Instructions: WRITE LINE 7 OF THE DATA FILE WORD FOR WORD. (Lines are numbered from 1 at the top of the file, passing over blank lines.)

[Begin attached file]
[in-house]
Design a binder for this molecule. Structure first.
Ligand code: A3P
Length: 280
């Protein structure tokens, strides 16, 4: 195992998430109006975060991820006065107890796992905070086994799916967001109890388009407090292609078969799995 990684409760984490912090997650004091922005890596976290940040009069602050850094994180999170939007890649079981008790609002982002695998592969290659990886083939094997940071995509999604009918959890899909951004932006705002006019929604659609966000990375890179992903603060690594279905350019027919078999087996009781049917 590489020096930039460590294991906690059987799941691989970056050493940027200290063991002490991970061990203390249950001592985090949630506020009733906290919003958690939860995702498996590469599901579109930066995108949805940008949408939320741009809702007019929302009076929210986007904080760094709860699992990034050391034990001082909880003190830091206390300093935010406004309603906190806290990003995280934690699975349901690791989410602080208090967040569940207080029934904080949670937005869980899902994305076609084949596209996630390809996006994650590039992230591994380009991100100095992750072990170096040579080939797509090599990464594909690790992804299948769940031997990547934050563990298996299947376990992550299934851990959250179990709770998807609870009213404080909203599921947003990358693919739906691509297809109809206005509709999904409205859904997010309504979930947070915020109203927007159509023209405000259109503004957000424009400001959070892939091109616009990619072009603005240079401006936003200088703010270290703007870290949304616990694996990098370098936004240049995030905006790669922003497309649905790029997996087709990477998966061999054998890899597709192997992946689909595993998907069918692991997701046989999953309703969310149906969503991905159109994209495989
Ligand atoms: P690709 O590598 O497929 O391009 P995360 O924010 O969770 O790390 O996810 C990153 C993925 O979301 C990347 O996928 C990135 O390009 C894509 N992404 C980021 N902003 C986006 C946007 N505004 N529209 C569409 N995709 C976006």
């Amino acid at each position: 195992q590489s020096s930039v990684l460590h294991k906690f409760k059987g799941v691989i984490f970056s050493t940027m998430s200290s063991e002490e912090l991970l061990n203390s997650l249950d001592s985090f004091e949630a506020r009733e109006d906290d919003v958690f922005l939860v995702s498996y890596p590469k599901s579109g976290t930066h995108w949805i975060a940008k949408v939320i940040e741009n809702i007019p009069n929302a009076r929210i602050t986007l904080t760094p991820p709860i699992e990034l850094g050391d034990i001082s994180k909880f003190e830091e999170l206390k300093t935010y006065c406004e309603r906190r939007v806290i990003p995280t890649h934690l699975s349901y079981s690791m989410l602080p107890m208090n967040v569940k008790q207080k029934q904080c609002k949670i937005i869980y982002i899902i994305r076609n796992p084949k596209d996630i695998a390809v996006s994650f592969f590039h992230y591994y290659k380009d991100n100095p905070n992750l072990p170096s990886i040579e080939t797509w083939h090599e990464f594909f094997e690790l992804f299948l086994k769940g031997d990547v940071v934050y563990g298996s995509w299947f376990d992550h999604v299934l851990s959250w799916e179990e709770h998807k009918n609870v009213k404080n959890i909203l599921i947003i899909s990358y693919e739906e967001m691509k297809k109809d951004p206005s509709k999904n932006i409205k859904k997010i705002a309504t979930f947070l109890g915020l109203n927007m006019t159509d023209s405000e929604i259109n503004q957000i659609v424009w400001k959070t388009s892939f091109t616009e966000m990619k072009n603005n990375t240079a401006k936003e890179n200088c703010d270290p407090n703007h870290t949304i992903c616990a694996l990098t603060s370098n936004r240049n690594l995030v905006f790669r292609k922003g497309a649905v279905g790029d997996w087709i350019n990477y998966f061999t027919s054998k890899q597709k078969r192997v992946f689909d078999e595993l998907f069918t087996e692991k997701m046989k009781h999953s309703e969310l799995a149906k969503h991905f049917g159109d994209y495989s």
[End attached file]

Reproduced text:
């Amino acid at each position: 195992q590489s020096s930039v990684l460590h294991k906690f409760k059987g799941v691989i984490f970056s050493t940027m998430s200290s063991e002490e912090l991970l061990n203390s997650l249950d001592s985090f004091e949630a506020r009733e109006d906290d919003v958690f922005l939860v995702s498996y890596p590469k599901s579109g976290t930066h995108w949805i975060a940008k949408v939320i940040e741009n809702i007019p009069n929302a009076r929210i602050t986007l904080t760094p991820p709860i699992e990034l850094g050391d034990i001082s994180k909880f003190e830091e999170l206390k300093t935010y006065c406004e309603r906190r939007v806290i990003p995280t890649h934690l699975s349901y079981s690791m989410l602080p107890m208090n967040v569940k008790q207080k029934q904080c609002k949670i937005i869980y982002i899902i994305r076609n796992p084949k596209d996630i695998a390809v996006s994650f592969f590039h992230y591994y290659k380009d991100n100095p905070n992750l072990p170096s990886i040579e080939t797509w083939h090599e990464f594909f094997e690790l992804f299948l086994k769940g031997d990547v940071v934050y563990g298996s995509w299947f376990d992550h999604v299934l851990s959250w799916e179990e709770h998807k009918n609870v009213k404080n959890i909203l599921i947003i899909s990358y693919e739906e967001m691509k297809k109809d951004p206005s509709k999904n932006i409205k859904k997010i705002a309504t979930f947070l109890g915020l109203n927007m006019t159509d023209s405000e929604i259109n503004q957000i659609v424009w400001k959070t388009s892939f091109t616009e966000m990619k072009n603005n990375t240079a401006k936003e890179n200088c703010d270290p407090n703007h870290t949304i992903c616990a694996l990098t603060s370098n936004r240049n690594l995030v905006f790669r292609k922003g497309a649905v279905g790029d997996w087709i350019n990477y998966f061999t027919s054998k890899q597709k078969r192997v992946f689909d078999e595993l998907f069918t087996e692991k997701m046989k009781h999953s309703e969310l799995a149906k969503h991905f049917g159109d994209y495989s």